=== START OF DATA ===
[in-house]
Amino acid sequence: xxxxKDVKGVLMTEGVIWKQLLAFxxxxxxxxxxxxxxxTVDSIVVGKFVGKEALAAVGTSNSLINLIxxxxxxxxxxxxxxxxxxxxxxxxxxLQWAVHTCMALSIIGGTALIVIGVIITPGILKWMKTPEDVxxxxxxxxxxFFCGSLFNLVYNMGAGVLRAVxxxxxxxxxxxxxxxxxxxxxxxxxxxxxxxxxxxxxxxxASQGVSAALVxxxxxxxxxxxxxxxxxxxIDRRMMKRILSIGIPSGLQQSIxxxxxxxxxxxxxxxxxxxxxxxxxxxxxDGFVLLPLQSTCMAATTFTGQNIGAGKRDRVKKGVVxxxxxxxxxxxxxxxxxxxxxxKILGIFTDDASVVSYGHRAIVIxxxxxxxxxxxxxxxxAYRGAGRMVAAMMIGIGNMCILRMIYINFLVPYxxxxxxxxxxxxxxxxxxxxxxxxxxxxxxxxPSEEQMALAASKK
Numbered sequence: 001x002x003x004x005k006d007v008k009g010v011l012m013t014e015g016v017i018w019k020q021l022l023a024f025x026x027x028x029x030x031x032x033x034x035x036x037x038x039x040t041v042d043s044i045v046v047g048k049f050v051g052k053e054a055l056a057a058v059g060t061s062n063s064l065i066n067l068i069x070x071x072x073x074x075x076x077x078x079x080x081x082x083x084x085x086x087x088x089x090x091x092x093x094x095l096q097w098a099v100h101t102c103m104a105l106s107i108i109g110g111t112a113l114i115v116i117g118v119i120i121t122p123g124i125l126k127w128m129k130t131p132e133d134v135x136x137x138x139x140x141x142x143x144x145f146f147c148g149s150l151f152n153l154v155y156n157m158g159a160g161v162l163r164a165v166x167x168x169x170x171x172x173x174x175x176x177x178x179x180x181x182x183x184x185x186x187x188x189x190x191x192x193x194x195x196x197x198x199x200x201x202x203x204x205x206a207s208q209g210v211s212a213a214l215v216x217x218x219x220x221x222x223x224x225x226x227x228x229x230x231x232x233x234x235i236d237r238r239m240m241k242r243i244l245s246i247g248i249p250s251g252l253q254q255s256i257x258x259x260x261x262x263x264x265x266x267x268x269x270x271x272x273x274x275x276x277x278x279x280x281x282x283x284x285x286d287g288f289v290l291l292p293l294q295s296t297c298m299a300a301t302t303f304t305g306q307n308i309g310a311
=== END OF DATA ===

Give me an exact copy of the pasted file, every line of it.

[in-house]
Amino acid sequence: xxxxKDVKGVLMTEGVIWKQLLAFxxxxxxxxxxxxxxxTVDSIVVGKFVGKEALAAVGTSNSLINLIxxxxxxxxxxxxxxxxxxxxxxxxxxLQWAVHTCMALSIIGGTALIVIGVIITPGILKWMKTPEDVxxxxxxxxxxFFCGSLFNLVYNMGAGVLRAVxxxxxxxxxxxxxxxxxxxxxxxxxxxxxxxxxxxxxxxxASQGVSAALVxxxxxxxxxxxxxxxxxxxIDRRMMKRILSIGIPSGLQQSIxxxxxxxxxxxxxxxxxxxxxxxxxxxxxDGFVLLPLQSTCMAATTFTGQNIGAGKRDRVKKGVVxxxxxxxxxxxxxxxxxxxxxxKILGIFTDDASVVSYGHRAIVIxxxxxxxxxxxxxxxxAYRGAGRMVAAMMIGIGNMCILRMIYINFLVPYxxxxxxxxxxxxxxxxxxxxxxxxxxxxxxxxPSEEQMALAASKK
Numbered sequence: 001x002x003x004x005k006d007v008k009g010v011l012m013t014e015g016v017i018w019k020q021l022l023a024f025x026x027x028x029x030x031x032x033x034x035x036x037x038x039x040t041v042d043s044i045v046v047g048k049f050v051g052k053e054a055l056a057a058v059g060t061s062n063s064l065i066n067l068i069x070x071x072x073x074x075x076x077x078x079x080x081x082x083x084x085x086x087x088x089x090x091x092x093x094x095l096q097w098a099v100h101t102c103m104a105l106s107i108i109g110g111t112a113l114i115v116i117g118v119i120i121t122p123g124i125l126k127w128m129k130t131p132e133d134v135x136x137x138x139x140x141x142x143x144x145f146f147c148g149s150l151f152n153l154v155y156n157m158g159a160g161v162l163r164a165v166x167x168x169x170x171x172x173x174x175x176x177x178x179x180x181x182x183x184x185x186x187x188x189x190x191x192x193x194x195x196x197x198x199x200x201x202x203x204x205x206a207s208q209g210v211s212a213a214l215v216x217x218x219x220x221x222x223x224x225x226x227x228x229x230x231x232x233x234x235i236d237r238r239m240m241k242r243i244l245s246i247g248i249p250s251g252l253q254q255s256i257x258x259x260x261x262x263x264x265x266x267x268x269x270x271x272x273x274x275x276x277x278x279x280x281x282x283x284x285x286d287g288f289v290l291l292p293l294q295s296t297c298m299a300a301t302t303f304t305g306q307n308i309g310a311